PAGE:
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To expand on the "hallway testing" suggestions already mentioned. You can do the following things: Create a paper mockup that uses the icon without a label and ask users what they think it represents. If they don't know, start feeding them bit by bit to see how far they are from working it out. Then tell them and ask whether they consider it a viable icon. ...


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I haven't read stake exchange ux folks recommendations, so it can be a repeat suggested process. I would strongly recommend to follow AB Testing process. When you are testing especially the icons or two objects this would help. Follow the below steps. Show them a single icon with plane background and ask what they relate to. After you complete the above ...


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One question that comes to mind is are the functions/actions associated with those icons common knowledge or are they native to your product? If native to your product, one thing to think about is the primary action or purpose behind what they signify. You need to identify the expectations of the users for clicking those icons and create imagery aligning ...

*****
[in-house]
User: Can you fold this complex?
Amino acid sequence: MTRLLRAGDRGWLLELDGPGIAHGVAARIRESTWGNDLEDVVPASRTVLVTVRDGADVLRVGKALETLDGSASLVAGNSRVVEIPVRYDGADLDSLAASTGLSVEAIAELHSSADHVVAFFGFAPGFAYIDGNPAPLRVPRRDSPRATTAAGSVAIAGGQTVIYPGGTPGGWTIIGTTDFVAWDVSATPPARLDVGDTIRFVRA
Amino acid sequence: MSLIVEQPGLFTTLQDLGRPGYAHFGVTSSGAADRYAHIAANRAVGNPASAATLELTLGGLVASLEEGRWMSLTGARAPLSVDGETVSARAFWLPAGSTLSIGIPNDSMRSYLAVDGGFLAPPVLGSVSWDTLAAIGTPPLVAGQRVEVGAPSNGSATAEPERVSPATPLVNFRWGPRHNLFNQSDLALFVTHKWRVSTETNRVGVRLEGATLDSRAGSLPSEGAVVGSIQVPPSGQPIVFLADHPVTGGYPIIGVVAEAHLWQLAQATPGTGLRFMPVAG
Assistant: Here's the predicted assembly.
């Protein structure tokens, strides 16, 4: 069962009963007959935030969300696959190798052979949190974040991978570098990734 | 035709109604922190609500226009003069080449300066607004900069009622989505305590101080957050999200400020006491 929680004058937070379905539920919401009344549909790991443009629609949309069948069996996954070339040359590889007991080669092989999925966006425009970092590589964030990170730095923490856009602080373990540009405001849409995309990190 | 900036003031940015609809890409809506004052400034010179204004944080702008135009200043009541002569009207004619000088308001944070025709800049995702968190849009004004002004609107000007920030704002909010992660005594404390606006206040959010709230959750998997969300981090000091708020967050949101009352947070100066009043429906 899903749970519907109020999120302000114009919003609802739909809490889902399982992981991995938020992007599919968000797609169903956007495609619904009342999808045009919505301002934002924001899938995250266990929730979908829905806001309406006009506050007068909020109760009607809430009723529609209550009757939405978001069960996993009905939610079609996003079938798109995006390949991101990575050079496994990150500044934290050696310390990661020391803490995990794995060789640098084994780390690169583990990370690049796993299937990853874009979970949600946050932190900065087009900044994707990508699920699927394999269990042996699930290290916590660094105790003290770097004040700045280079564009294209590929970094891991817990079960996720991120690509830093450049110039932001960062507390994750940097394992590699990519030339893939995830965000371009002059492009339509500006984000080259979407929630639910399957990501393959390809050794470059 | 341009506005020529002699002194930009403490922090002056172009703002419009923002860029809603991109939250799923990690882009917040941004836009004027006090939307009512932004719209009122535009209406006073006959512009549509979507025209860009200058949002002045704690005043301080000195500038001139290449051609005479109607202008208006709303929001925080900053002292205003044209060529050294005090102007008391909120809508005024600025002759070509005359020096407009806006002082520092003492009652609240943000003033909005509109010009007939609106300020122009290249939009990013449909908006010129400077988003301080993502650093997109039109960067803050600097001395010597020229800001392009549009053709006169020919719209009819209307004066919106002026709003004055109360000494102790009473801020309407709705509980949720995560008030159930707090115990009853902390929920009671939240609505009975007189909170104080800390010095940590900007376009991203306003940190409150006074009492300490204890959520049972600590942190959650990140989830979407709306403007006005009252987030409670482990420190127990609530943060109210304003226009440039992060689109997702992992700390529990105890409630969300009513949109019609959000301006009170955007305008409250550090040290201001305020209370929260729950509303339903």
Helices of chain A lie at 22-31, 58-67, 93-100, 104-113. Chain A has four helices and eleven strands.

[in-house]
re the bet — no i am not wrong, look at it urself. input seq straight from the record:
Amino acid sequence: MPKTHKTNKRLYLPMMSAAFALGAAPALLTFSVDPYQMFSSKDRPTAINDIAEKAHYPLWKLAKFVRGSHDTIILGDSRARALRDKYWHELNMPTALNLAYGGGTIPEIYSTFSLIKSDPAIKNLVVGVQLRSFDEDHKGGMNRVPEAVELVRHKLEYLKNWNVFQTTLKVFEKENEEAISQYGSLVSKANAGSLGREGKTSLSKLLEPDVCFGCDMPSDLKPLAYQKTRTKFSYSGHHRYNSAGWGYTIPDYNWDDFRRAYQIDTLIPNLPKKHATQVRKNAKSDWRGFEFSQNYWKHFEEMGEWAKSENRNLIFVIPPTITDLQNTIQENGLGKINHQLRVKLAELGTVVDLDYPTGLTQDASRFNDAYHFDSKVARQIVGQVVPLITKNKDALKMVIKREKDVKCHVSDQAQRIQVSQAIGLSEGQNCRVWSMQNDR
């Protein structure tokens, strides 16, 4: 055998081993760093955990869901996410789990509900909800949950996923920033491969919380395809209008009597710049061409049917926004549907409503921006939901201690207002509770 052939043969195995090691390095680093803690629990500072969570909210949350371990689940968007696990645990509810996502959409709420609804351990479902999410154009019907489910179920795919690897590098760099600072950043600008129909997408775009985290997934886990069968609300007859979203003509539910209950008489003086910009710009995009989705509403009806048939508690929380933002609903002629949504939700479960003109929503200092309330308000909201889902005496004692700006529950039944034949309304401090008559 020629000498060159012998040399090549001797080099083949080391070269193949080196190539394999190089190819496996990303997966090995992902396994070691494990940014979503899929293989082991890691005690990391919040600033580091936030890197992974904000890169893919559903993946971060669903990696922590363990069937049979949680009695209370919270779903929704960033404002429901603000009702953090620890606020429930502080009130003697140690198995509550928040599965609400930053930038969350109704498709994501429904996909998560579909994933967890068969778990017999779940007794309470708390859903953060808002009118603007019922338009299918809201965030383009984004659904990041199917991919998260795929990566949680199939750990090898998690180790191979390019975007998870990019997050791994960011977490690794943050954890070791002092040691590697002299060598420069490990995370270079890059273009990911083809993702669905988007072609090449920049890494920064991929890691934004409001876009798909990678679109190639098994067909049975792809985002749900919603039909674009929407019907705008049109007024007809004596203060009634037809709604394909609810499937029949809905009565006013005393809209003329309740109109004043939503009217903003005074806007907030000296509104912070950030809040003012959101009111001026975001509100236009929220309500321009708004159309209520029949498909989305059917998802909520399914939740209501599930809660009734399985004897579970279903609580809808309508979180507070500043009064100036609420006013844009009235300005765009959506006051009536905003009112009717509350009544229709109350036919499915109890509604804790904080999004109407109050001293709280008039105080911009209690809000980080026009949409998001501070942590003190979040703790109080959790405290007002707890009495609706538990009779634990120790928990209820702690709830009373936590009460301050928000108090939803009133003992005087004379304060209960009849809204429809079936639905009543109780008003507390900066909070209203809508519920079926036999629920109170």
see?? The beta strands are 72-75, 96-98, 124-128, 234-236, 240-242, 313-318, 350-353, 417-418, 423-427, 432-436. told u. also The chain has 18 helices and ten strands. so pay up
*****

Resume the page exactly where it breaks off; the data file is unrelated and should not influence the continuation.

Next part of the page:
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Since your icons all have labels, it seems to me that the labels are the crucial part of the UI here. As long as the icons are unique, it shouldn't matter what they are--as long as the labels are meaningful to the users. But if you still want to test the icons, I'd suggest a simple bucket-sorting type of exercise. Show the icons: 1. ----- 2. ----- 3. ...


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I am a big fan of hallway testing. Go find someone who has never seen your application (e.g. Sarah in Accounting, or your mom) and ask them for a few minutes about your application. You can just use printouts to make it easier to go from person to person.


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You have a few options, depending on your time and resources. Use a survey. Show the icon, and give the survey respondent 4 options for what the icon could represent. If you do this, you'll need a relatively large number of respondents to do the statistical analysis necessary to get a good confidence interval. Ask users what they think icons represent. ...


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I guess you could try and ask your testers what the icons mean to them. You could try this by giving them more or less context (about where the icon will be, what tooltip will be available, etc.) to see if they can guess what they will be used for.


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I think it's fair to say that Microsoft really managed to 'screw-the-pooch' on their Visual Studio 2012 icon re-design. Even after extensive usability test with positive results (approx. 50 users, but a poorly constructed test). It was the Beta program and community feedback that lowered the damage. Taking a lesson from this you may try some community ...



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